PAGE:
Infosys LPO, the offshore legal outsourcing arm of the legendary IT company, Infosys Technologies, is expanding from Pune, Bangalore and Gurgaon into Manila, where it plans to hire 50-100 employees for starters. This is according to a report in today's Hindu Business Line, by Moumita Bakshi Chatterjee. The reason given is the preference of some Infosys clients for The Philippines, where the legal system is perceived to be more similar to that of the United States, and where Infosys already has a presence:
“We will expand to Manila proactively. India has a large talent pool but the legal system in Manila is more aligned to the US system. Hence, some select clients are citing that as a preference. Also, Infosys BPO already has a large centre in Manila and we can leverage that for LPO operations,” said Mr Rahul Shah, Associate Vice-President, Principal – Knowledge Services, Infosys Technologies.
According to the article, Infosys LPO has grown to over 500 professionals, mostly in Pune, and the company is planning expansion not only to The Philippines, but also to onshore locations:
LPO engagements account for 60 per cent of the total knowledge services business of Infosys, with over 500 professionals and $15 million in annual revenue. Bulk of the work is done from Pune (about 400 professionals), followed by Bangalore (80-100 professionals) and Gurgaon (about 20 professionals).
Mr Shah said that Infosys, in certain cases, is also seeing demand for onsite delivery of LPO services. “The legal industry is fairly conservative. From cost or efficiency perspective, if a CFO has to push LPO, he may have to show that near-shore or onsite model is possible,” Mr Shah added.
Currently, the LPO service delivery is primarily offshore, with some client interfacing and sales professionals based onsite (in close proximity to client location). “But, there are clients who want to embed people onsite as part of service delivery, either due to the sensitive nature of work being outsourced or because of staff shortage at their end,” he said.
Given this, the company is now considering onsite presence within the US, a market that brings in nearly 70 per cent of Infosys' LPO revenue.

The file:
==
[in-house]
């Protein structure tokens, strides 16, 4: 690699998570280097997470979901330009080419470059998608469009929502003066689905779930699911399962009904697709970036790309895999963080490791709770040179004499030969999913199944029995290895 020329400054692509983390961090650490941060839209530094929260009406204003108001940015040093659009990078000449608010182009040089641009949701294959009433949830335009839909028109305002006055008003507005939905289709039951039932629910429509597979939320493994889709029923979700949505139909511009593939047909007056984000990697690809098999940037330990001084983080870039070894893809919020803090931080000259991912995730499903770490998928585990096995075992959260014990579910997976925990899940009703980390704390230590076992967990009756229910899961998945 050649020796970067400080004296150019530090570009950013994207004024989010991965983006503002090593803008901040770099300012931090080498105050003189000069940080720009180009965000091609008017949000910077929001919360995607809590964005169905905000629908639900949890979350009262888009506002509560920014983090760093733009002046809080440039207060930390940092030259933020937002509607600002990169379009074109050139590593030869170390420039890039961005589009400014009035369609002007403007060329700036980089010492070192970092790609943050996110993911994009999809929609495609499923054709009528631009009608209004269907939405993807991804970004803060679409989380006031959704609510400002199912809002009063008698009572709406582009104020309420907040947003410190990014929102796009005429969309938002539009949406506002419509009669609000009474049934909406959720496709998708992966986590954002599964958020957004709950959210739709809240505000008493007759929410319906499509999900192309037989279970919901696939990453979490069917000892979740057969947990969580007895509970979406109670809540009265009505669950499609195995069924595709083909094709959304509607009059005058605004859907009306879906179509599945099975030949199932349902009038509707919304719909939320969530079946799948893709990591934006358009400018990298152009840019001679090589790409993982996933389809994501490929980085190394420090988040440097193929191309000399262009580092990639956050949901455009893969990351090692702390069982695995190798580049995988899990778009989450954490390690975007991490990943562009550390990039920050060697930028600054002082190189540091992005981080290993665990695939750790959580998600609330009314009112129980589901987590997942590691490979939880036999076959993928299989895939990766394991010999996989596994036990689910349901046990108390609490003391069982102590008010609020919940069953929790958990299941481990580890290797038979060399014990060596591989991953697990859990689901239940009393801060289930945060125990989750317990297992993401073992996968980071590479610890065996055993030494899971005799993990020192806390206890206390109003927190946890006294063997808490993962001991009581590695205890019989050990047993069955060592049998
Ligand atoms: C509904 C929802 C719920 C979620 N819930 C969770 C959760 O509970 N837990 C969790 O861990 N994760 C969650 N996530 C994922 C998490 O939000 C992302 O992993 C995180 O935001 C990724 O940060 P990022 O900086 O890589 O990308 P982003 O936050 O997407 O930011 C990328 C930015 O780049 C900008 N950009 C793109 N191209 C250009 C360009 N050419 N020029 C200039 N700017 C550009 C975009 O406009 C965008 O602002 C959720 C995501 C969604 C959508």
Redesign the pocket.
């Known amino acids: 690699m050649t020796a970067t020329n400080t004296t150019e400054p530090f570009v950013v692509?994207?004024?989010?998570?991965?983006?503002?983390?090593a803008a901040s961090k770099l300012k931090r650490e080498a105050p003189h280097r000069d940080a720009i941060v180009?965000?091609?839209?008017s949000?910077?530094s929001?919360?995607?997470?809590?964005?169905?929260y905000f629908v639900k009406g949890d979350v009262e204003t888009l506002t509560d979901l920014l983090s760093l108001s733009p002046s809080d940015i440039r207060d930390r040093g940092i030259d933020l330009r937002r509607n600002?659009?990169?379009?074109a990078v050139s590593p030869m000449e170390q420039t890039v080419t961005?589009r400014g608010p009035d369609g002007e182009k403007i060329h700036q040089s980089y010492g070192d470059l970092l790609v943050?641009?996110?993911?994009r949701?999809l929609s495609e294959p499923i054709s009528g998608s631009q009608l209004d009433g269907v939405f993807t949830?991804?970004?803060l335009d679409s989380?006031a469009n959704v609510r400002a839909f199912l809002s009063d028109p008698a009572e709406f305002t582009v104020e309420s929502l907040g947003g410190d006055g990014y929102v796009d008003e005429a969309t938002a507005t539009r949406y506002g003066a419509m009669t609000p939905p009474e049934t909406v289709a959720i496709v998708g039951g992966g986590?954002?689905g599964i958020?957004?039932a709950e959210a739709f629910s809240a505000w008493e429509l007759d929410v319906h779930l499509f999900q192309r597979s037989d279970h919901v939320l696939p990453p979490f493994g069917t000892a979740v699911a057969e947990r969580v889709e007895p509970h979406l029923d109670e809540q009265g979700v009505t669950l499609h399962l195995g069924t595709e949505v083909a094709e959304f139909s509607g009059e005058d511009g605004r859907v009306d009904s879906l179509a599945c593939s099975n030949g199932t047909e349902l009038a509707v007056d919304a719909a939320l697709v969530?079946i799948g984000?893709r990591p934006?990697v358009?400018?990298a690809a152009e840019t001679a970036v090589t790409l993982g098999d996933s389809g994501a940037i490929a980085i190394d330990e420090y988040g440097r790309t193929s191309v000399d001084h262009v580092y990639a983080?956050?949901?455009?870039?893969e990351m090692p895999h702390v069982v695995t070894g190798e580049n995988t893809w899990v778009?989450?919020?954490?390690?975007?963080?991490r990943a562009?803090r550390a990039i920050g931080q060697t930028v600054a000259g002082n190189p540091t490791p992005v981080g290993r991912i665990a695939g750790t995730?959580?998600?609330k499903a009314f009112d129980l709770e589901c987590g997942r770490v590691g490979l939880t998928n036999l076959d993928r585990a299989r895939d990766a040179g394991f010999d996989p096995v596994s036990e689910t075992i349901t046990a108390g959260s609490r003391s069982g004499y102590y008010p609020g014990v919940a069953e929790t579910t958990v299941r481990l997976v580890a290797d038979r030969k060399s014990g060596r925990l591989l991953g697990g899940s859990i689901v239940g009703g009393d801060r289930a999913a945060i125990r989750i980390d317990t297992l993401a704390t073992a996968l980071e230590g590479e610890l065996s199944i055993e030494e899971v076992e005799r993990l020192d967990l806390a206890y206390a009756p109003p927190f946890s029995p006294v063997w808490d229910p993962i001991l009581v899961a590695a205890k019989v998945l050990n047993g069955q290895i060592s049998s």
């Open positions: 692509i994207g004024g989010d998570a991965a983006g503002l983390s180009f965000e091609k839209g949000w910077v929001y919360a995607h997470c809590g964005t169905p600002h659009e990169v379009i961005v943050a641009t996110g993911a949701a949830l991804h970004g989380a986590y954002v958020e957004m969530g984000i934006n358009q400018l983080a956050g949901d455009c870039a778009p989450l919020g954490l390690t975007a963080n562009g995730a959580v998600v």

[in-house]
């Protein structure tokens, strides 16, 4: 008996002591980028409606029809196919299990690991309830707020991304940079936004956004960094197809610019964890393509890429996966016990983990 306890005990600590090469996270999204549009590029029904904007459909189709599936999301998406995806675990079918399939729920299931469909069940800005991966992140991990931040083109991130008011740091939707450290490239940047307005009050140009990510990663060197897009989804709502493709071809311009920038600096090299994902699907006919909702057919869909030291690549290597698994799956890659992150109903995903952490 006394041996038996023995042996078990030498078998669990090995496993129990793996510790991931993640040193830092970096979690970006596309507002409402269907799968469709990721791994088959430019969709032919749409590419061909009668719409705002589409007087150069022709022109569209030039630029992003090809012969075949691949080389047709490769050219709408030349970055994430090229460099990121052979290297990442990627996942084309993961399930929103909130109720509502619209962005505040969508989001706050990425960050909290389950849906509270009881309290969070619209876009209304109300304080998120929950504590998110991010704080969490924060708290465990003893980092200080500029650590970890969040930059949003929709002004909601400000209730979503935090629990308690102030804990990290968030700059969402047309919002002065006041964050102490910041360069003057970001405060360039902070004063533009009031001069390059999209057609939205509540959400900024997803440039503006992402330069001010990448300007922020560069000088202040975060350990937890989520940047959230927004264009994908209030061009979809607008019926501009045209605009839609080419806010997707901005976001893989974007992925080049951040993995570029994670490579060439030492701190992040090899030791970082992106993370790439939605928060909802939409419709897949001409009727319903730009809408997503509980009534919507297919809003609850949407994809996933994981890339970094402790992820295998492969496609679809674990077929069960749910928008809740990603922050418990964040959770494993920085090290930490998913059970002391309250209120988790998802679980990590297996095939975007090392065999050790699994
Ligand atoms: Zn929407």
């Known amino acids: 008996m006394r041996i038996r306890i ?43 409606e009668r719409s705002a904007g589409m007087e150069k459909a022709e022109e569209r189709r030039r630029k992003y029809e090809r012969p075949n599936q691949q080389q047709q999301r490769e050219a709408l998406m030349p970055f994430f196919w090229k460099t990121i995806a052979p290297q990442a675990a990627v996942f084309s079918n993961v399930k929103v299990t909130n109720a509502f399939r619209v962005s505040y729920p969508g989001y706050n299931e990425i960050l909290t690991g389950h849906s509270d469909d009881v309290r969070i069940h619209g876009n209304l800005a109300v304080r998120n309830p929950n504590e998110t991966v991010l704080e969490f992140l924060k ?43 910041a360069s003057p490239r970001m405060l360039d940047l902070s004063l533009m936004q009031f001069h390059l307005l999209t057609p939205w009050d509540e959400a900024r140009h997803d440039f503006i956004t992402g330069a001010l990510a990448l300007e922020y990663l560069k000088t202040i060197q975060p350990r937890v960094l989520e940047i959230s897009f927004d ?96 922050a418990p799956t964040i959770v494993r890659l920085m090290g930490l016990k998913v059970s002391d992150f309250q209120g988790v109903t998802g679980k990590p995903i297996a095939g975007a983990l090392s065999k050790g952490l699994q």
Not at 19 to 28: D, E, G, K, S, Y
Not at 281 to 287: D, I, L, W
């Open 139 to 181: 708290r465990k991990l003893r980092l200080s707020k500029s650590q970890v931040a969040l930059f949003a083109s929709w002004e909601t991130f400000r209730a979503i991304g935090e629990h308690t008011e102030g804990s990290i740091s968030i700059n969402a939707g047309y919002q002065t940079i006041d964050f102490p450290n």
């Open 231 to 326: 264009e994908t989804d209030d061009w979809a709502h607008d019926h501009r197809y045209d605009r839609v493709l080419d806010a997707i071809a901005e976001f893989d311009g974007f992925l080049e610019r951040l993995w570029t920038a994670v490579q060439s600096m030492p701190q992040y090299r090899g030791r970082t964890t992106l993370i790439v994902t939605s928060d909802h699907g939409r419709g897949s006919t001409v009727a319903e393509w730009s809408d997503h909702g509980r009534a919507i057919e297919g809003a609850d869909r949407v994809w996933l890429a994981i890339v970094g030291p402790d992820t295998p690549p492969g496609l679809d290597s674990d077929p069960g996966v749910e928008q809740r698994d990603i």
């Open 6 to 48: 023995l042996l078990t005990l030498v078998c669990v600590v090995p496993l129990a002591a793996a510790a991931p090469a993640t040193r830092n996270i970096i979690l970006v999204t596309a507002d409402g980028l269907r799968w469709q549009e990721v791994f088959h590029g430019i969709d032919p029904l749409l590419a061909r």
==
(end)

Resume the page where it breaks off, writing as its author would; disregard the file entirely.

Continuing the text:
“In the next two years, we expect our US-based personnel to contribute 10 per cent of our overall delivery revenue,” he added.
The above news regarding Infosys highlights the fact that the Philippines apparently poses the biggest competition to India in relation to legal outsourcing services. The Philippines, like India, has thousands of English-speaking lawyers who can offer their services at a fraction of the cost of what US lawyers provide. Also, the Filipino legal system borrows much from that of the US. American lawyers not only created the country's legal system, but also founded the key law firms and the top law schools there. The Philippines law school curriculum is also patterned after that of US law schools.
Despite all that, the fact remains that law schools, whether in the US, India, or The Philippines, for the most part do not train their students to perform legal work. Similarly, experience in the legal system of a foreign country, even in the Philippines, does not always equate to better preparation for performing LPO or legal KPO (knowledge process outsourcing) services for US clients. It can even be a detriment, as applicants with "experience" often come with "attitude" as well. They sometimes need to "unlearn," as much as learn. Often, the key attributes of successful offshore legal outsourcing recruits involve intelligence, aptitude, ambition, eagerness to learn, command over the English language, and low cost of living. Given those factors, plus the vastness of the Indian talent pool, India still seems to have the edge.